This section is a complex, involuted section with chromatic swirls of triplets and hemiolas that cause the listener to lose all sense of downbeat. This leads into a recapitulation of the second section, and then a return of the main section of the rondo. A crescendo leads to the Prestissimo coda of the movement and of the piece. The coda begins in D major, suggesting a triumphant end, a device common in classical and romantic quartets; but in this case, the coda suddenly returns to D minor, for a tumultuous and tragic conclusion.

And with that, our dear Maiden is dead. One down, six to go. Next time we will look at some Funeral Marches that have become pretty popular. Most of these are actually from larger works, but I plan on just discussing the movements themselves. If you know of any Funeral Marches you'd like to talk about, Classical or otherwise, please bring them up and their context if it is not widely known.
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Re: Classical Discussions III - Funeral Marches, Pick your favorite!
« Reply #39 on: December 22, 2012, 07:45:48 AM »

Welcome back, and Happy Holidays! Let's talk more about that wonderful holiday topic of Death. This time we will be looking at a collection of Funeral Marches; processional music written for funerals. Death is a frequent subject in music, and it is often composed on commission to celebrate a monarch or otherwise important or influential person. So why don't we go down my little list chronologically, death through the ages!

Music for the Funeral of Queen Mary, Z. 860 - Henry Purcell, 1695
Written for Queen Mary II of England

Performed by Jean Tubery, La Fenice

Purcell wrote this piece especially for the funeral ceremony of Queen Mary II, based on music he had composed earlier. Written for an  orchestra and choir, the piece is in three secionts; a march, canzona, and anthem. It isn't clear what was actually performed at the ceremony, as there is no autograph score and Purcell left no accounts of the performance.

The work begins with a somber march with pounding drums and flatt trumpets playing the procession. The music is hauntingly beautiful, and features some great and surprising tension. The second section (Yet, O Lord) features some startling chromatic rises, deviating briefly from the typical late-renaissance tonalities and tropes. A largely soft and somber work, the piece ends in a quiet and serene manner.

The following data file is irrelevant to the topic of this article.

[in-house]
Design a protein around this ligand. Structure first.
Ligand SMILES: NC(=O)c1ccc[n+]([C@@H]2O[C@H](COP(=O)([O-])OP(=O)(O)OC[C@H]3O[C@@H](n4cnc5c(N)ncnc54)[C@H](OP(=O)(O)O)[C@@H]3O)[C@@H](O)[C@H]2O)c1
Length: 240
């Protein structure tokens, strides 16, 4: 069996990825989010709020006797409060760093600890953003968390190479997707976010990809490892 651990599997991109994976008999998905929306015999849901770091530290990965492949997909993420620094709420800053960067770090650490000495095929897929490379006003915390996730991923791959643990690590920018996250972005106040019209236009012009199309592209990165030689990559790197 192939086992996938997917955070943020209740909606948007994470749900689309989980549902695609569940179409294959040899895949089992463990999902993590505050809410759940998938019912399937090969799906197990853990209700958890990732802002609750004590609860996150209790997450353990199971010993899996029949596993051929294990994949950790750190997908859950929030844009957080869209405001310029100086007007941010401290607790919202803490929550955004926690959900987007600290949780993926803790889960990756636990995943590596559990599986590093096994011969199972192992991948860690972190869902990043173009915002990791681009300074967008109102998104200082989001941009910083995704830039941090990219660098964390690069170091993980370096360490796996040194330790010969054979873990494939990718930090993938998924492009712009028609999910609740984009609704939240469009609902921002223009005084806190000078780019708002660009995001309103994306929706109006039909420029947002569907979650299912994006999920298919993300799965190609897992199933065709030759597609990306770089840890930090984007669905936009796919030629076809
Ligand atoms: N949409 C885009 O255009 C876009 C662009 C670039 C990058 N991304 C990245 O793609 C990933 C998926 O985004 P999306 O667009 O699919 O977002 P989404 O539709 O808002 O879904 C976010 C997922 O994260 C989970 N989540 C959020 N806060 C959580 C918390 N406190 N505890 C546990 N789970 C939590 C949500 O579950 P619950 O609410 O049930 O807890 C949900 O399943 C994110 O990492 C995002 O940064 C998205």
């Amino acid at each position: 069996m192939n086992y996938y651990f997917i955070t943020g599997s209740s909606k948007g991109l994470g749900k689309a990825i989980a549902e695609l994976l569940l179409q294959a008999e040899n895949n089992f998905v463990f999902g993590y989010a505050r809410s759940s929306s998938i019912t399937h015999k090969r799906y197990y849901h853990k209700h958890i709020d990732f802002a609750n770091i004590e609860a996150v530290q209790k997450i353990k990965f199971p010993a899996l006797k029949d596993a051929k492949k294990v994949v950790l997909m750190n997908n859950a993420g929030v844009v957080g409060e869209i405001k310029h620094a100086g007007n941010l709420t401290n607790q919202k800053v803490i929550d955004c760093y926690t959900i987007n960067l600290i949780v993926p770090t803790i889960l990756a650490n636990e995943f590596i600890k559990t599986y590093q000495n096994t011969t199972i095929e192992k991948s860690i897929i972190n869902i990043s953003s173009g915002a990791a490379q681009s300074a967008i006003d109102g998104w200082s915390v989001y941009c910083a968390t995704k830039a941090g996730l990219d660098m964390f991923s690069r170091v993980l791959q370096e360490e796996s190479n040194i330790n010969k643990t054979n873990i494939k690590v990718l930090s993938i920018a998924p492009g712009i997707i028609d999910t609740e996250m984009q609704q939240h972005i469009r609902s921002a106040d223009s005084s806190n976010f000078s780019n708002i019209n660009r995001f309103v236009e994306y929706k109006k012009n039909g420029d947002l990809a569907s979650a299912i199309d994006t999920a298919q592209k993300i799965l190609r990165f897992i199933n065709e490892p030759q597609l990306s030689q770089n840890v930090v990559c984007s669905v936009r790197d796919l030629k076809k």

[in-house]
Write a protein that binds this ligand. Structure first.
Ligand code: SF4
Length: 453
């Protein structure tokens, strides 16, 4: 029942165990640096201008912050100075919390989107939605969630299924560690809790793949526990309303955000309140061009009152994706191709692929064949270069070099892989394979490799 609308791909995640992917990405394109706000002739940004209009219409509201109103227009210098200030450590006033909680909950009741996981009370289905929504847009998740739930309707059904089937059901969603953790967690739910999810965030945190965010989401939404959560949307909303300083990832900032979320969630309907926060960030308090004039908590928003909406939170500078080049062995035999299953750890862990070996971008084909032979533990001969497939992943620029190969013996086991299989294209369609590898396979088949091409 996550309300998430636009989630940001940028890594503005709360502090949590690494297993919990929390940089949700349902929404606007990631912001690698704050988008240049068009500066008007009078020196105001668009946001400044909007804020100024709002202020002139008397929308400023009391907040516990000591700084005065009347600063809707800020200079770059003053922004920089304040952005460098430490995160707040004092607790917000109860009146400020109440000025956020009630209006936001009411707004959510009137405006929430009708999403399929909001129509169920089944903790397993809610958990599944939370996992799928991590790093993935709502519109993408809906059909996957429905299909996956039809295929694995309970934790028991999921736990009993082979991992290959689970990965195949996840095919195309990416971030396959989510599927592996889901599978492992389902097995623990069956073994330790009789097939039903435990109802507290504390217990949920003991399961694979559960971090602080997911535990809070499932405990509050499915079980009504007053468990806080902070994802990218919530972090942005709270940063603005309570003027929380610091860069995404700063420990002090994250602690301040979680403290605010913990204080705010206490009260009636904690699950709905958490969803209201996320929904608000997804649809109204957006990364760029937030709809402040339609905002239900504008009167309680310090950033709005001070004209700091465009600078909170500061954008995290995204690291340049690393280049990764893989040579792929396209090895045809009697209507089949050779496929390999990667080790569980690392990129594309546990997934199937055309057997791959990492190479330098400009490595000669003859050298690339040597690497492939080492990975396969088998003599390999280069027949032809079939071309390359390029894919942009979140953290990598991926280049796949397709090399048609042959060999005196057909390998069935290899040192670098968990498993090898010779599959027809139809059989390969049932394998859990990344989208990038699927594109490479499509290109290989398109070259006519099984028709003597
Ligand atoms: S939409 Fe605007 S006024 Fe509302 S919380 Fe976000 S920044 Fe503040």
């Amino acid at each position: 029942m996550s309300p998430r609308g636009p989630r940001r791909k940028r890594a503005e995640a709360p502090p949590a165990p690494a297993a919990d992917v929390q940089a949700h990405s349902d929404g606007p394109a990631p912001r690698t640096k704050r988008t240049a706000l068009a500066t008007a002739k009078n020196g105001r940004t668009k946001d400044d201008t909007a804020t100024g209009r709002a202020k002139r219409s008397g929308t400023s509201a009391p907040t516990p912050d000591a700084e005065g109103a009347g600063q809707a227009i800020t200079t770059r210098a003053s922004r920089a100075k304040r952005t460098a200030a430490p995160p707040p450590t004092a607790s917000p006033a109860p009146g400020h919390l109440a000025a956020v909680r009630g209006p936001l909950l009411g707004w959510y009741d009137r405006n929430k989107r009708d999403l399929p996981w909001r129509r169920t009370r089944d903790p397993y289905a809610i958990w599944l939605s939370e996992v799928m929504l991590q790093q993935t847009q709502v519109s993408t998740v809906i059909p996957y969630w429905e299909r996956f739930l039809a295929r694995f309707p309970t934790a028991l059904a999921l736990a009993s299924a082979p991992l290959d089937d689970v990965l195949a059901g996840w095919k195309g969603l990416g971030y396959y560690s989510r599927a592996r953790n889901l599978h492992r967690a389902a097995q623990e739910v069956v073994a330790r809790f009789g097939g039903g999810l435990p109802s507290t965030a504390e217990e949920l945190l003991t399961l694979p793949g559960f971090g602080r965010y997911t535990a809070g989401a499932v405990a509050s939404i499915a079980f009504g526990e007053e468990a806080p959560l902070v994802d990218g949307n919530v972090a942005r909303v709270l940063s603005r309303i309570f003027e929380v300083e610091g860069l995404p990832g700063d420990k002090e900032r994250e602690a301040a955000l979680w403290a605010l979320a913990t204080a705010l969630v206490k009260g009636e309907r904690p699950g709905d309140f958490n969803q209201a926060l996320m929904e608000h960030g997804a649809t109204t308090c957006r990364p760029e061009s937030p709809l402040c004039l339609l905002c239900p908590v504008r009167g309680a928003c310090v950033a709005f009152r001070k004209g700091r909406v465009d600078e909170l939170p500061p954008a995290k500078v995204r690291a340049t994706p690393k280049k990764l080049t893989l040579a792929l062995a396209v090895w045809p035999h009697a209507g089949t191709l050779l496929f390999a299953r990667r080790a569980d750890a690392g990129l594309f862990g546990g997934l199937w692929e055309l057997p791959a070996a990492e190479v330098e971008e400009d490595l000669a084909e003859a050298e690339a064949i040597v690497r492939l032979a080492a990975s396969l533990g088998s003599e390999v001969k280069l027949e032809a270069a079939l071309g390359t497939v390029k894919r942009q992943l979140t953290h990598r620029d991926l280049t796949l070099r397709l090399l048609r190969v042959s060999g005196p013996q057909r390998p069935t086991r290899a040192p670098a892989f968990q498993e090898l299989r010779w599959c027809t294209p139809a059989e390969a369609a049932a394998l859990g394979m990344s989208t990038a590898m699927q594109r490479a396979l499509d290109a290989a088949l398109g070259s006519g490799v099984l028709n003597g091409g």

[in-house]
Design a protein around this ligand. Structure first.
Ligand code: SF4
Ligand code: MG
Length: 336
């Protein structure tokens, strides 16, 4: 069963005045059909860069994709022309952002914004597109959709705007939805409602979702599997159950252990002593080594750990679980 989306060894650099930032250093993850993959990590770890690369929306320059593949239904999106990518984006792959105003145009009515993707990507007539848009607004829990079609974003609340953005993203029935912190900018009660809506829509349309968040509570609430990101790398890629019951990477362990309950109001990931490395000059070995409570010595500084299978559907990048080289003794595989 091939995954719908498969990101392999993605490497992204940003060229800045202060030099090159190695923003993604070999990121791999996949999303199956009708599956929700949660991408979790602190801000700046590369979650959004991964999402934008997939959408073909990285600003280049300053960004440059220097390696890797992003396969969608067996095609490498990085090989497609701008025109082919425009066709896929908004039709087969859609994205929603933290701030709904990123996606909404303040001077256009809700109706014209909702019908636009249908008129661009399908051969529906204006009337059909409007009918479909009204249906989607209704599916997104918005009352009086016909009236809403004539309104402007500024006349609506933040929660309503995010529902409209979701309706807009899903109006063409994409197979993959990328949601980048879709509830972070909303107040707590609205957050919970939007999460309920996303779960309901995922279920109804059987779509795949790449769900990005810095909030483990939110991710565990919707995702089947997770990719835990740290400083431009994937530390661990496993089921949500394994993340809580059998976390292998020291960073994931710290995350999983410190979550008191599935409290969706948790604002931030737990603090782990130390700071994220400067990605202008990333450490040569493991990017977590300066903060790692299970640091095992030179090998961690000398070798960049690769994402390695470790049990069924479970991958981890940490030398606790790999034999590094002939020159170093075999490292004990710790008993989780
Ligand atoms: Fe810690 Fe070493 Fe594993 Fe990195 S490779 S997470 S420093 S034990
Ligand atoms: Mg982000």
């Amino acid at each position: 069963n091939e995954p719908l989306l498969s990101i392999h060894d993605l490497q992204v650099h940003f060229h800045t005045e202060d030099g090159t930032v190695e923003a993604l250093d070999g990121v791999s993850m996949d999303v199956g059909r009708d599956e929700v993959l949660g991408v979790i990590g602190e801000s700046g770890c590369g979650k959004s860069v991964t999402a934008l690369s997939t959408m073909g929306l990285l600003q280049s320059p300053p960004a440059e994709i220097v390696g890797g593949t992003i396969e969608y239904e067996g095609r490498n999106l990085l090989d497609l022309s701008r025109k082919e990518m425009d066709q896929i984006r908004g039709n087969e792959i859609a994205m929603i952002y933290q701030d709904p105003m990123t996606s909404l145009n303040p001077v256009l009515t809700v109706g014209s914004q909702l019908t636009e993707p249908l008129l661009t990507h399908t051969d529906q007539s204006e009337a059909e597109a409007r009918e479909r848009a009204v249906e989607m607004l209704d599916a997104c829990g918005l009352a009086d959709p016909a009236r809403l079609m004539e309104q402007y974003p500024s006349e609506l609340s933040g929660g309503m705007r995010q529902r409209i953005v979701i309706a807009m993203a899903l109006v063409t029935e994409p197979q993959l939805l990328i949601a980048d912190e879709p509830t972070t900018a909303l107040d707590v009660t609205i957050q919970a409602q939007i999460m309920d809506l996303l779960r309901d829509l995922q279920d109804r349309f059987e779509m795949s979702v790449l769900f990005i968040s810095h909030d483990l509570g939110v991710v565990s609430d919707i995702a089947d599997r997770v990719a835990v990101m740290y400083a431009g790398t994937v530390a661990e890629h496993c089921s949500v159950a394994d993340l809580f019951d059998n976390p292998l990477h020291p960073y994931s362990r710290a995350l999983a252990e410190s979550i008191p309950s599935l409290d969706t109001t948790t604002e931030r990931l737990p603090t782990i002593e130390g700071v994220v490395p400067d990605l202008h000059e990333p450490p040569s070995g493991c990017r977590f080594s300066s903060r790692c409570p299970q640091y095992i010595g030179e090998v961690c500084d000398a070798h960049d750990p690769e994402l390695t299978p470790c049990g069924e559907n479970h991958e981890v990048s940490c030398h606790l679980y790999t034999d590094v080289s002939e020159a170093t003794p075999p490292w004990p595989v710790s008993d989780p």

1. Man that is born of a woman
 hath but a short time to live,
 and is full of misery.
 He cometh up, and is cut down like a flower;
 he fleeth as it were a shadow,
 and ne'er continueth in one stay.
 
2. In the midst of life we are in death:
 of whom may we seek for succour,
 but of thee, O Lord,
 who for our sins art justly displeased?
 
Yet, O Lord, O Lord most mighty,
 O holy and most merciful Saviour,
 deliver us not into the bitter pains
 of eternal death.
 
3. Thou knowest, Lord, the secrets of our hearts;
 shut not thy merciful ears unto our pray'rs;
 but spare us, Lord most holy, O God most mighty.
 
O holy and most merciful Saviour,
 thou most worthy Judge eternal,
 suffer us not, at our last hour,
 for any pains of death, to fall from thee. Amen.

Piano Sonata No. 2 in B-flat minor, Op. 35, III - Marche funèbre: Lento - Frederic Chopin
Performed by Yundi Li

Chopin's "Funeral March" is a staple in modern media, frequently used to under score death and has been used in funerals by prominent leaders such as John F. Kennedy and Leonid Brezhnev.

The third movement of Chopin's Piano Sonata No. 2, the actual title "Funeral March" only refers to the outer sections of the movement, stylised as a true march. The interlude is in D-flat and is more of Chopin's typical style being much lighter and more of a fantasy. I reccomend listening to the full sonata, but we might take a detailed look at it some other time.

Songs and Dances of Death - Modest Mussorgsky
Performed by Mstislav Rostropovich, London Philharmonic, Galina Vishnevskaya
Orchestrated by Dmitri Shostakovich

Based on four poems by Arseny Golenishchev-Kutuzov, a relative of the composer, the song cycle deals with for types of death: Child Death, Death in Youth, Drunken Misadventure, and War. The song cycla was written for voice (usually bass or baritone) and piano, but it has been subject to numerous orchestrations.

Text

I. Lullaby (Колыбельная) (1875) (in D-sharp minor)
 A mother cradles her sick infant, who grows more feverish. Death appears, disguised as a babysitter, and rocks the infant to eternal sleep.
 
II. Serenade (Серенада) (1875) (in D-sharp minor-E-flat minor)
 The figure of Death waits outside the window of a dying woman, in the manner of a wooing lover.
 
III. Trepak (Трепак) (1875) (in D minor)